Highland Park Mayor Glenda McDonald said state leaders were unlikely to leave Highland Park’s problems unaddressed in light of recent water crises in Michigan cities and places like Jackson, Mississippi, where disinvestment and extreme weather have shut down the city’s water supply twice since 2021.

“They don’t want another Flint on their hands,” McDonald said.

Yet, it’s unclear how quickly a resolution could arrive. The state may not finalize a budget until the end of the summer, and Chang said the governor’s office is working through the steps required under Michigan’s Public Act 436, Michigan’s financial emergency law. Bankruptcy is one possible outcome of this process, which could mean selling off city assets and nullifying contracts like the one with GLWA.

Highland Park voted to begin the PA 436 process on April 10 and later asked the governor to expedite a Chapter 9 bankruptcy filing for the city. The financial reviews required by PA 436 would ordinarily take months. However, Whitmer spokesperson Bobby Leddy pushed back on the city’s request for a quick resolution to the PA 436 process, saying “they cannot skip to the end.”

Yet, Chang told the crowd in Highland Park that “this is not a typical situation.”

Judge Edward Joseph gave the two parties until May 31 to devise a plan to settle the bill. Charges from GLWA could show up on city property taxes as soon as this summer, leaving the city a short window to get help from the state or secure a bankruptcy filing.

On Wednesday, Mayor McDonald continued to dispute the debt that GLWA says it owes.

“There is no way on God’s green earth that Highland Park owes this much money,” she said.

Highland Park City Administrator Cathy Square said in 2022 that the city received an unmetered bill from the utility because of the emergency water hookup the state ordered in 2012. She said the city installed meters on homes and businesses and found it used a fraction of the water for which  GLWA had billed it.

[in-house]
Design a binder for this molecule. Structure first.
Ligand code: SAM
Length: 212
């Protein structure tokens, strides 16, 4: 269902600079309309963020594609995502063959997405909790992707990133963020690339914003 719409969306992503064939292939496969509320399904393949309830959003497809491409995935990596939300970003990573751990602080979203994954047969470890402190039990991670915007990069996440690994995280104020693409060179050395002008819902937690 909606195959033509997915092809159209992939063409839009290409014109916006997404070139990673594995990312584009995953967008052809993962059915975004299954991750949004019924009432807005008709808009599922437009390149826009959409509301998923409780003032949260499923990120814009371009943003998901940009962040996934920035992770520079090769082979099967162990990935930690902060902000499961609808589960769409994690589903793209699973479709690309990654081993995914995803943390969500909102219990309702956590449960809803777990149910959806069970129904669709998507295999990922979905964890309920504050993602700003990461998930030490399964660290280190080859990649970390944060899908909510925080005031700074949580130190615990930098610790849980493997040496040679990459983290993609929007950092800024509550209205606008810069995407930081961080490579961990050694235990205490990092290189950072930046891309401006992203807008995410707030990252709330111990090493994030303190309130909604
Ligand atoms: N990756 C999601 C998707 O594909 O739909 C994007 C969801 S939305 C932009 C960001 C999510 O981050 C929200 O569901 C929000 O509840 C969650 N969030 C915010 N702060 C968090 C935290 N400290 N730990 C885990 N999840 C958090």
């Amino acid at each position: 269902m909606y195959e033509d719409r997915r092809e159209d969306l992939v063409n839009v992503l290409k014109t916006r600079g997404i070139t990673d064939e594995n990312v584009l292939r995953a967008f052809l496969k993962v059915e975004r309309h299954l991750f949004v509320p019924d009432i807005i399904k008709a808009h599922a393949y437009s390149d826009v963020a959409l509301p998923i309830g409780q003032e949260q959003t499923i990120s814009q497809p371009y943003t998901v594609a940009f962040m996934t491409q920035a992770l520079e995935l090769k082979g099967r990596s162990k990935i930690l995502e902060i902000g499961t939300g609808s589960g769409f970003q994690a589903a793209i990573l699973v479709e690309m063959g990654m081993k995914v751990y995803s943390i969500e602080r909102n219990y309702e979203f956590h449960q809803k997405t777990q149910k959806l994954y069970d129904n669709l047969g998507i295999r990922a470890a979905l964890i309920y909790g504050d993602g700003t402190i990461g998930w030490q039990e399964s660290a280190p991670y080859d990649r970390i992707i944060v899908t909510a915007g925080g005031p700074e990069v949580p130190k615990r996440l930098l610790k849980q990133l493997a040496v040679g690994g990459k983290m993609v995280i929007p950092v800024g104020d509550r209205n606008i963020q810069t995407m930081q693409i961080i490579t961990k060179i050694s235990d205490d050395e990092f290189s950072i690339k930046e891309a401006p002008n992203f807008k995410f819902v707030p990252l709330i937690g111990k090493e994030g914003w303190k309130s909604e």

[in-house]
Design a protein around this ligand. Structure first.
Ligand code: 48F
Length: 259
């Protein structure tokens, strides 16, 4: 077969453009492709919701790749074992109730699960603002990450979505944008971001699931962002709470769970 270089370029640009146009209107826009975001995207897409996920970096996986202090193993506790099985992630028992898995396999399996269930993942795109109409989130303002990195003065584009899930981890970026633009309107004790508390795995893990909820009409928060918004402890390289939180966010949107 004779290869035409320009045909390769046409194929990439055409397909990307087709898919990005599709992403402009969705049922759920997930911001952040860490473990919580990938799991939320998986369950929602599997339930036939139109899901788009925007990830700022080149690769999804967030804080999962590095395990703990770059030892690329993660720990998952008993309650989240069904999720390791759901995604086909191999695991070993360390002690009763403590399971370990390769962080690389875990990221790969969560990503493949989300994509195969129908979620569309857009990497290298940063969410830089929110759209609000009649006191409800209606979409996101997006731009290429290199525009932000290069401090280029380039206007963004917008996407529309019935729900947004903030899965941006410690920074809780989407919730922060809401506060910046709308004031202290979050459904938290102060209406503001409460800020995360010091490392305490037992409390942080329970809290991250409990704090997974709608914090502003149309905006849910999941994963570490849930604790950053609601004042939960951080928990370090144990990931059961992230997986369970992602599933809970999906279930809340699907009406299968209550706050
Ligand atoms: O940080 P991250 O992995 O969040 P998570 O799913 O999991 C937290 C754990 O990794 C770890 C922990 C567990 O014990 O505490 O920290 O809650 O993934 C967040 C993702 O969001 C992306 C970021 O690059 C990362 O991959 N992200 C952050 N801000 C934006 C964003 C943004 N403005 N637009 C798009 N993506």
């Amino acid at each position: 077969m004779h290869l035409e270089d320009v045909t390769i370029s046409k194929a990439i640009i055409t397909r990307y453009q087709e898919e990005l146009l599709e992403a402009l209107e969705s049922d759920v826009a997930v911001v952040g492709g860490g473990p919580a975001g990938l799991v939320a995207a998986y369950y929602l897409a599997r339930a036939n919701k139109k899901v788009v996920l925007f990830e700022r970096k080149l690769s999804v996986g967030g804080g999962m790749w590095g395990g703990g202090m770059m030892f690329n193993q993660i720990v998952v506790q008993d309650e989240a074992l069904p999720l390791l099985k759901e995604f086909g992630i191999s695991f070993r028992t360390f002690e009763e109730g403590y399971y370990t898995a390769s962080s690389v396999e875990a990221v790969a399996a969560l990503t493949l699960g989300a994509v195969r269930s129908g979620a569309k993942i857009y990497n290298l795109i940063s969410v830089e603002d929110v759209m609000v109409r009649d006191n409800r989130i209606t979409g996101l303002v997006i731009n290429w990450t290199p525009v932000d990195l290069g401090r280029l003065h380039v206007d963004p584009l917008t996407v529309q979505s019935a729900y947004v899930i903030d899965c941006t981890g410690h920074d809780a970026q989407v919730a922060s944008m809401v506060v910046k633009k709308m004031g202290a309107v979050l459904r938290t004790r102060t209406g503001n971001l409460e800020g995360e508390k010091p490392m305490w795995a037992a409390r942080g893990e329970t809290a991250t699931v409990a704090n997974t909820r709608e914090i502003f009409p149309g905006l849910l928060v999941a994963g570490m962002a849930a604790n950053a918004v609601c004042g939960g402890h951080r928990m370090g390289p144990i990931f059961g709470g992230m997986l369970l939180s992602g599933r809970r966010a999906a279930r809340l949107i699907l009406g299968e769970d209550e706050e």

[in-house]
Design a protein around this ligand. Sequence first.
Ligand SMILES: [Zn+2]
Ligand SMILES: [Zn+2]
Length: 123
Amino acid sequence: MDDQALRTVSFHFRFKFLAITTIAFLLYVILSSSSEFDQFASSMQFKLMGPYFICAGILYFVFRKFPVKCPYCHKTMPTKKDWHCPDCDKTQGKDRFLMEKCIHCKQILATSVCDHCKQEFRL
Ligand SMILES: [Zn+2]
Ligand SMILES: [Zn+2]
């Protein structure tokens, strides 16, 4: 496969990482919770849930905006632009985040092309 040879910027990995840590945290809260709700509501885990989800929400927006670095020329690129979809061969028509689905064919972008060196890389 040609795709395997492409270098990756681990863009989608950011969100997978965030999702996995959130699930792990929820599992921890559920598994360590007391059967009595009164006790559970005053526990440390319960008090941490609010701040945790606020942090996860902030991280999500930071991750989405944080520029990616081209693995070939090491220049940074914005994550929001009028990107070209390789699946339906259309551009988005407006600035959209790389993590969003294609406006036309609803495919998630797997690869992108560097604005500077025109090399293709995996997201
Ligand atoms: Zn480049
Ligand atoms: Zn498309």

In a statement to Planet Detroit, Randal Brown, general counsel for GLWA, said, “DWSD (Detroit Water and Sewerage Department) and now GLWA have used the best available data to determine Highland Park charges. This has included using Highland Park’s pumpage data from its water treatment plant and temporary meters.”  

He previously said leaks in the city’s water pipes account for the high charges. Square contradicted such claims in 2022, saying that Highland Park hired experts to look for leaks and found none.

But McDonald insisted that her issue was with GLWA and not the state. She said she was working with lawmakers and the governor’s office to find a solution to the debt issue, saying, “whatever it is, you will not lose your home.”

These words may have registered with Janet Spight, who has lived in Highland Park for almost 60 years. She said having a lien put on her home was her greatest concern.

Yet, aside from the water debt, Spight said things were looking up for Highland Park, with property values increasing and new businesses moving in.

“We’ve got to survive this,” she said. “Highland Parkers are strong people; they support one another. And so I believe that this too shall pass.”